Wave energy converters (WECs) range significantly in respect of concepts, technologies and design maturation, with the majority of devices at an early commercial stage. To date, most large scale deployments have been conducted with a single WEC. However, there is a necessity to expand these to ‘arrays’ or ‘farms’ in the future in order to reduce both installation and maintenance cost per unit as well as harnessing maximum energy at a given site. There are complex hydrodynamic and environmental implications which require consideration when moving from a single device installation to an array of devices. Many theoretical and numerical studies exist in this domain, however, limited experimental investigations have been performed due to the cost and size related to testing facilities as well as the complexity of the experiment and related instrumentation.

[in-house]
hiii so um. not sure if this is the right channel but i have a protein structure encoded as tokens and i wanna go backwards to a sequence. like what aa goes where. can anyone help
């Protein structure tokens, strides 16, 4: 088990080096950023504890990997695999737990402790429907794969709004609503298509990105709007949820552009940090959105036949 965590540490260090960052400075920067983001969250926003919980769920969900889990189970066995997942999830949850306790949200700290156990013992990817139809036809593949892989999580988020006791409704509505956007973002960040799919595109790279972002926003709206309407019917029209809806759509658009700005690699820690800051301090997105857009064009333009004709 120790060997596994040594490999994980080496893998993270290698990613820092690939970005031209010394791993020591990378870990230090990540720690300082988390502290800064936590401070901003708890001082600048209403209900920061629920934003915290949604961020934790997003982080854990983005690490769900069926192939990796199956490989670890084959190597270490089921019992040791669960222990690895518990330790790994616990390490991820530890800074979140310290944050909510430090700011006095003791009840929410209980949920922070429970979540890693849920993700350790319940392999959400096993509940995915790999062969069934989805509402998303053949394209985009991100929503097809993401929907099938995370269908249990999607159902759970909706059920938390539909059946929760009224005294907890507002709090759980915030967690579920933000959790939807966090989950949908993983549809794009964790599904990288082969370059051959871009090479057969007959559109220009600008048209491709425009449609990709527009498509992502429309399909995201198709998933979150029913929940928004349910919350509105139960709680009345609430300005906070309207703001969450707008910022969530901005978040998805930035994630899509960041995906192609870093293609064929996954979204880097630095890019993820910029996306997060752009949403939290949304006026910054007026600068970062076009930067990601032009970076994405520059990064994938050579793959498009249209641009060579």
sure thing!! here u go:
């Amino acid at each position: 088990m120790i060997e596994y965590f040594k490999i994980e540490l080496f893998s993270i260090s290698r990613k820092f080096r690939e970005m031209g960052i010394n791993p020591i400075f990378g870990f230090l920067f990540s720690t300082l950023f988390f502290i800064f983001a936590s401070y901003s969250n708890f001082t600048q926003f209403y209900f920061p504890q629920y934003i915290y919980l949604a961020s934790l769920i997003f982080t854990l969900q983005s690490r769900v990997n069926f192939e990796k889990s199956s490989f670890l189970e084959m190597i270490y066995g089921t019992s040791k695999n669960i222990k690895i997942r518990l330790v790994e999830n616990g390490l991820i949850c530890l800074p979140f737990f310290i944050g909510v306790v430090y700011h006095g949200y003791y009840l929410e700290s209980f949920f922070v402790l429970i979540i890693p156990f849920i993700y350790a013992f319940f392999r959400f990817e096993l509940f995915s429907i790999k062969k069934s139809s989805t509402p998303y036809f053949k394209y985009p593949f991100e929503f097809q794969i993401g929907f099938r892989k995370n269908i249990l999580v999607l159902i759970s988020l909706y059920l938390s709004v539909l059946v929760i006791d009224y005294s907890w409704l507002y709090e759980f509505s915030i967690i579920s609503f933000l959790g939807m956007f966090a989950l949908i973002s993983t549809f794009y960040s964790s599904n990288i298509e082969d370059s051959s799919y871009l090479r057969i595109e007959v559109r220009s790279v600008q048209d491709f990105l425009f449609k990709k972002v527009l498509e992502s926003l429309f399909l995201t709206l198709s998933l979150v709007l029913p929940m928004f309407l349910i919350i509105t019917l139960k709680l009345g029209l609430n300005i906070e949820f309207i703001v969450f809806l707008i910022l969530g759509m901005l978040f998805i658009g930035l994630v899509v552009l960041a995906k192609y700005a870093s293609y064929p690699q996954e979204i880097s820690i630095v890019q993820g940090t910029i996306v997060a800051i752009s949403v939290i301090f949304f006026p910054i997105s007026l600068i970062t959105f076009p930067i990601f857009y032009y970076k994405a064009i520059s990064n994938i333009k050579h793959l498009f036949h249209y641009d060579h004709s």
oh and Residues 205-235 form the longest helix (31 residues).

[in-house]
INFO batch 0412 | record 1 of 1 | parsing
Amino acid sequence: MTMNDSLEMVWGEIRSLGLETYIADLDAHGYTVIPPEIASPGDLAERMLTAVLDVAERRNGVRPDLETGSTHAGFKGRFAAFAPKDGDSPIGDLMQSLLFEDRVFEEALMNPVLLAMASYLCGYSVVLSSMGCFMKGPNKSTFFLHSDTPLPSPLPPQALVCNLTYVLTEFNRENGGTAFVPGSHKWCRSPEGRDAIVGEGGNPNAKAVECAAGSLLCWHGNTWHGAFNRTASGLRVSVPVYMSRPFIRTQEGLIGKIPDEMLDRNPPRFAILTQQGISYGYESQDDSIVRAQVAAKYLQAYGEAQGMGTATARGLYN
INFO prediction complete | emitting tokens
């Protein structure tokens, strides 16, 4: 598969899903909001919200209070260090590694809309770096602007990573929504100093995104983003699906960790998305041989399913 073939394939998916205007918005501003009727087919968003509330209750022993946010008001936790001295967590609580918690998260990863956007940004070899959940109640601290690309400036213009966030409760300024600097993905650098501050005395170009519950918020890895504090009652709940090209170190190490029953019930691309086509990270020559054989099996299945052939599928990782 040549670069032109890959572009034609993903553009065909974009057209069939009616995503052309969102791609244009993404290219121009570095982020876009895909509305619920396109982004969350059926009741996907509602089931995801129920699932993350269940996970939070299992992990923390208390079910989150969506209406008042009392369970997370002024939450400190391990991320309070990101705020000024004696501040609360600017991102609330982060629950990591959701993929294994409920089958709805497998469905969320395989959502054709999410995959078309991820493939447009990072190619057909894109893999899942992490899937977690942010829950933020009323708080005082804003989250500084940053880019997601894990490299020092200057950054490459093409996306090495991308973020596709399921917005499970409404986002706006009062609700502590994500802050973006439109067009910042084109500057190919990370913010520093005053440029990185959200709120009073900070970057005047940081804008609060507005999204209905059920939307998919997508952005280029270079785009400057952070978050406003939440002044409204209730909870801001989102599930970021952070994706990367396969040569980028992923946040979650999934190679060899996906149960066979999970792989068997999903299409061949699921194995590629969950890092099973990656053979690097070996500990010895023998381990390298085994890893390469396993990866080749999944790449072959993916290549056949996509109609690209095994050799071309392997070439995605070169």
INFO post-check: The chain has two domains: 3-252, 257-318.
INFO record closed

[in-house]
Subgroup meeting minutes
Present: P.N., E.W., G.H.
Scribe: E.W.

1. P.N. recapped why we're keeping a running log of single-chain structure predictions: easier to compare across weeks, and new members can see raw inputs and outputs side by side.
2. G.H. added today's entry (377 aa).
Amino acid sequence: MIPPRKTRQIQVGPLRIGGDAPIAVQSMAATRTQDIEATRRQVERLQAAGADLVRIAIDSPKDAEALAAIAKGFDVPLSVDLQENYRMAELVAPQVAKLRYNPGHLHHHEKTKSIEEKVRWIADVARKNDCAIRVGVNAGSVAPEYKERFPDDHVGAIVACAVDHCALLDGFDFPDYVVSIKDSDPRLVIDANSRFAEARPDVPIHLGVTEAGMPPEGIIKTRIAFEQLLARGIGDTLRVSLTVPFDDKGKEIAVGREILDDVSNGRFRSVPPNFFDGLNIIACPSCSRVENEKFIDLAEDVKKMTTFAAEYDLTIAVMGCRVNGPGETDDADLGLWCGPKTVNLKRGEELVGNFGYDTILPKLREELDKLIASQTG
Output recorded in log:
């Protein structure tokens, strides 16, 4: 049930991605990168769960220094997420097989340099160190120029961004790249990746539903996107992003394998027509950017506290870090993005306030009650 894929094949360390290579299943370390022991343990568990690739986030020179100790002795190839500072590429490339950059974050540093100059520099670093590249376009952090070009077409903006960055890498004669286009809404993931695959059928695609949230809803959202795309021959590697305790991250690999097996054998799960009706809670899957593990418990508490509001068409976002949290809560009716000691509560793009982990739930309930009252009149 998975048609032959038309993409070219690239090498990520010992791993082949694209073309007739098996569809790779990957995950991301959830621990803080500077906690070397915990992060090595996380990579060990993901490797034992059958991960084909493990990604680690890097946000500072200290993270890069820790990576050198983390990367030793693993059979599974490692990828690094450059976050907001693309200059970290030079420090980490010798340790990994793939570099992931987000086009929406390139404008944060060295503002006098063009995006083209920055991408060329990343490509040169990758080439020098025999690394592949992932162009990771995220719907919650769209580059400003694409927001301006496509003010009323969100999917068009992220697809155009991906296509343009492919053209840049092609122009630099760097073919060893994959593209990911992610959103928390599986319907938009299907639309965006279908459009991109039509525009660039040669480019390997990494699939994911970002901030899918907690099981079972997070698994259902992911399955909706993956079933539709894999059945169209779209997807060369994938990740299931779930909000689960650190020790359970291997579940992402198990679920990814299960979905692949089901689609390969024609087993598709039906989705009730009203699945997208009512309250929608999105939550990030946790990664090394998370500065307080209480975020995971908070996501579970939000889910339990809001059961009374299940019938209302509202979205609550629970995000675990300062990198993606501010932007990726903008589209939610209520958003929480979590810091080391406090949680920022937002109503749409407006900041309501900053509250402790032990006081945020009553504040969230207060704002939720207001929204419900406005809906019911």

This paper presents a novel experimental approach, performed as part of a larger project, aiming to address a critical knowledge gap: understanding the performance of WEC arrays, and to develop a methodology to accurately model an array of WECs. The experimental investigation utilised Australia’s most technically advanced wave basin at the Australian Maritime College, specialist institute of the University of Tasmania. For the first time, it applied the phenomenological theory to experimental hydrodynamic investigation of array of generic WECs by separating the problem into its diffraction and radiation problems. Such approach removes the need of power-take-off modelling and control. Using a post-processing analytical model, the q-factor, the parameter representative of the array performance, for several configurations can be derived. Furthermore a bespoke stereo-videogrammetry method was developed to measure the wave field around and in the lee of the array. This paper describes the hydrodynamic approach and experimental methods developed as part of this project and presents preliminary results related to array q-factor and wave field measurements.